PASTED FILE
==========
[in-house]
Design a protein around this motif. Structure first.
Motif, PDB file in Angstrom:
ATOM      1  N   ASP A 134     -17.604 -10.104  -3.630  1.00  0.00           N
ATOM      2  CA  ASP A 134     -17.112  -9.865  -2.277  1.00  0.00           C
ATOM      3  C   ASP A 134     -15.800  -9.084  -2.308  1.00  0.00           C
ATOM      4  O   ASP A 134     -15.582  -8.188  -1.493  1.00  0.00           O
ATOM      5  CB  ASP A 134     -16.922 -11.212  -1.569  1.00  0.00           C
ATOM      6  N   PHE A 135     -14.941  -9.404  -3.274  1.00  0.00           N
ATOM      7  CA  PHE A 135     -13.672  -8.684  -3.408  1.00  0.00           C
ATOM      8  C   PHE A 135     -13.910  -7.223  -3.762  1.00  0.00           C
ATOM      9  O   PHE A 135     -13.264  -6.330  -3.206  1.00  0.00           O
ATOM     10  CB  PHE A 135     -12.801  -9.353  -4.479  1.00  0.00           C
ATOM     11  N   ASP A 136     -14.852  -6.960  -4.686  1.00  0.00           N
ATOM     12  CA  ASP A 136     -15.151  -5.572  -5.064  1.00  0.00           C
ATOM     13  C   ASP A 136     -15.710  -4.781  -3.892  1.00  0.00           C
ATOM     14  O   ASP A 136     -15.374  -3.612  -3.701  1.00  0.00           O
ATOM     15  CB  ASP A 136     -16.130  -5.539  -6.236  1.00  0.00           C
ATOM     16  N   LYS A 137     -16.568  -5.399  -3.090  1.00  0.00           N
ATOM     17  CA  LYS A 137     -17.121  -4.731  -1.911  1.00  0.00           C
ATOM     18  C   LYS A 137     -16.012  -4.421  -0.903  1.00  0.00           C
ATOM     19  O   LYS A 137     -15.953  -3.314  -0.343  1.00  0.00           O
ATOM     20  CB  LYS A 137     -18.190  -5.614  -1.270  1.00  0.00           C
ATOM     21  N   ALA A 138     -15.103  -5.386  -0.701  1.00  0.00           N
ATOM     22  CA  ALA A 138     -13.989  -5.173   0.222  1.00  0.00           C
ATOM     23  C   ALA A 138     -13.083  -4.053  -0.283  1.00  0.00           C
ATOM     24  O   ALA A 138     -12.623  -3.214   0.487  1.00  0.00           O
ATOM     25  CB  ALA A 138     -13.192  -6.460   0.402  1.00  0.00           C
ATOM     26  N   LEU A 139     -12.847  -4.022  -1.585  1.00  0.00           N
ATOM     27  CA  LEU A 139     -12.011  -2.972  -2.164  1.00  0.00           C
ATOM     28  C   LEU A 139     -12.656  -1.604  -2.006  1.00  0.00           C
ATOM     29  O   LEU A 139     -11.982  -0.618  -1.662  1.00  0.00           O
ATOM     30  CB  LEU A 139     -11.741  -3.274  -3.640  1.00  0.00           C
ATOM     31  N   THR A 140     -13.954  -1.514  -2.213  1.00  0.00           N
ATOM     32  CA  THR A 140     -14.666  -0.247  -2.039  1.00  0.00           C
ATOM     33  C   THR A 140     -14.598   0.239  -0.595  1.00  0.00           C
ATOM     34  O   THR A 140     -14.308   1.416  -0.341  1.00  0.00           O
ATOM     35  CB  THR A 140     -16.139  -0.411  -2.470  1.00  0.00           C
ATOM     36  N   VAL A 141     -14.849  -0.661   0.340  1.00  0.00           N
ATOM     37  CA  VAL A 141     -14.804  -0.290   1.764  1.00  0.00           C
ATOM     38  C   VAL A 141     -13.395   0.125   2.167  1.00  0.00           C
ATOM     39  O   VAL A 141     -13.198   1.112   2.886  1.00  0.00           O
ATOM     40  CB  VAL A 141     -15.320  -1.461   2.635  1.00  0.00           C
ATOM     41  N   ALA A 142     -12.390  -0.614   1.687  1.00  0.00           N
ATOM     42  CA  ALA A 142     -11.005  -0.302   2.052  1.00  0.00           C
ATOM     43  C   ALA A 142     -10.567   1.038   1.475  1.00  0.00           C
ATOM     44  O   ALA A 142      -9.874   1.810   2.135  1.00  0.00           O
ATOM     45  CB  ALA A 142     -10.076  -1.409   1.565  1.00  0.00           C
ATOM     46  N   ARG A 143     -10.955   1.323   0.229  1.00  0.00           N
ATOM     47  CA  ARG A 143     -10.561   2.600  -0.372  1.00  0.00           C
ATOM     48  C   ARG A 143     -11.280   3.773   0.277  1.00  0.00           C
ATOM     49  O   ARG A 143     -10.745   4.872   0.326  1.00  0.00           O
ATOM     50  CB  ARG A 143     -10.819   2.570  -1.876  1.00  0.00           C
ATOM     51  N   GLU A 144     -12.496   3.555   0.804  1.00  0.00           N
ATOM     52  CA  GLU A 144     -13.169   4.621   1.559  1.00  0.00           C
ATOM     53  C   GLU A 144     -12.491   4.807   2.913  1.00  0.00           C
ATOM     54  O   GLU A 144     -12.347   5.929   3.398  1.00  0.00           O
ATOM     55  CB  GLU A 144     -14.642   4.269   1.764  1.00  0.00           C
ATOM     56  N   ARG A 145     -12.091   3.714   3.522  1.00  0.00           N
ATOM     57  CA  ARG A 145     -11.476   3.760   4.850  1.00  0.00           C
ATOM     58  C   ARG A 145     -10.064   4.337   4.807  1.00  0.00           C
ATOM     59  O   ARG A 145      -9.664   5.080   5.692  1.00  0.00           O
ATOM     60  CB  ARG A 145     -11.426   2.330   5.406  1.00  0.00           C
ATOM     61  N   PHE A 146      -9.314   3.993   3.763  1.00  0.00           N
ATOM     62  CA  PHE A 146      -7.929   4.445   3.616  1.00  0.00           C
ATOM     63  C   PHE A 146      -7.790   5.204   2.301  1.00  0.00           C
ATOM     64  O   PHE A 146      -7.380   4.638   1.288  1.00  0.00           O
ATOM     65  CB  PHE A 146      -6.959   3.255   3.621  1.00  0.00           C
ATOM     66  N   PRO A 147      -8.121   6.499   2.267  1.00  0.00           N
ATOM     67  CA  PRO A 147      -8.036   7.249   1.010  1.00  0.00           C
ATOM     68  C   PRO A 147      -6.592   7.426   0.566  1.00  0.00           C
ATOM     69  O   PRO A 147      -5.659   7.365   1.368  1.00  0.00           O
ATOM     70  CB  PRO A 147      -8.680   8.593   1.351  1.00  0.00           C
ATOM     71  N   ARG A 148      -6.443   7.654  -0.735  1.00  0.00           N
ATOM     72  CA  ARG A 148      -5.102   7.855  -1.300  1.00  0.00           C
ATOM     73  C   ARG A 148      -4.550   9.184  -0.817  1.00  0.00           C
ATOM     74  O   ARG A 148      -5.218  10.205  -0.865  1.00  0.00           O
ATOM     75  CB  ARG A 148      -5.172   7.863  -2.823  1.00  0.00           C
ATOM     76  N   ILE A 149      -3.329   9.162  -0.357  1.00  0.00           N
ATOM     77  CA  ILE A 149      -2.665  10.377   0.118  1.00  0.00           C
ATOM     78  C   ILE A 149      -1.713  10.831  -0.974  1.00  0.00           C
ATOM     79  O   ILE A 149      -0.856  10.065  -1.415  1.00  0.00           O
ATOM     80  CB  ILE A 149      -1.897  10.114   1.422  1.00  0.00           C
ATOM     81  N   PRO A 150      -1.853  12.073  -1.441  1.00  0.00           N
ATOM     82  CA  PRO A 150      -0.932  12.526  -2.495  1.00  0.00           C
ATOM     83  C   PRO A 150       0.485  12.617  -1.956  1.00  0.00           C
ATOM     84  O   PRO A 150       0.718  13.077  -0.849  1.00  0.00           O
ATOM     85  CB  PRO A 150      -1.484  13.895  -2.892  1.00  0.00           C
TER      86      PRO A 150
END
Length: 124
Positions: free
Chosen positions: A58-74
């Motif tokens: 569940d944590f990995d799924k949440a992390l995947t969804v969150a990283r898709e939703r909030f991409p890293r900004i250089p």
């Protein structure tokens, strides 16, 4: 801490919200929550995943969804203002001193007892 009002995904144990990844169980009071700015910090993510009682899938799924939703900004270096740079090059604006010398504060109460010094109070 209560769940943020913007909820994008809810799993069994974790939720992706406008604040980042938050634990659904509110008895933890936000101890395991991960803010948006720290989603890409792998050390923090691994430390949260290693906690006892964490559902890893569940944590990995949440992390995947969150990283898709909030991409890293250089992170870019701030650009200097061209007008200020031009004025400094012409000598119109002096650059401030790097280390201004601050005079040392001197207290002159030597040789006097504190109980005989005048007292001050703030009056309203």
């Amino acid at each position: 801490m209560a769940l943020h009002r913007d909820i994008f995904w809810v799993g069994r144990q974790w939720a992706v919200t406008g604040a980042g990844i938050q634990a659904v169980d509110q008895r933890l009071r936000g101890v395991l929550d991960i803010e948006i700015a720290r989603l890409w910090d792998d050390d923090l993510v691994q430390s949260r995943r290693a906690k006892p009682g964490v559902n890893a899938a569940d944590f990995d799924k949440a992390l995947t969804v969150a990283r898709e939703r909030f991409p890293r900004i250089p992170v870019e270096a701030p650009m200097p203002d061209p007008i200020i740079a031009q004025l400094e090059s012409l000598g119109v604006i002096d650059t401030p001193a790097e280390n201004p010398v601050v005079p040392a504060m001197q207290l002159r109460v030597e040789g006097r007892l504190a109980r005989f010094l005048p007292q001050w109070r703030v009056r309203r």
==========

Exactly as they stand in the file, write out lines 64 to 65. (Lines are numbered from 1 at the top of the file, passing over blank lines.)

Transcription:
ATOM     61  N   PHE A 146      -9.314   3.993   3.763  1.00  0.00           N
ATOM     62  CA  PHE A 146      -7.929   4.445   3.616  1.00  0.00           C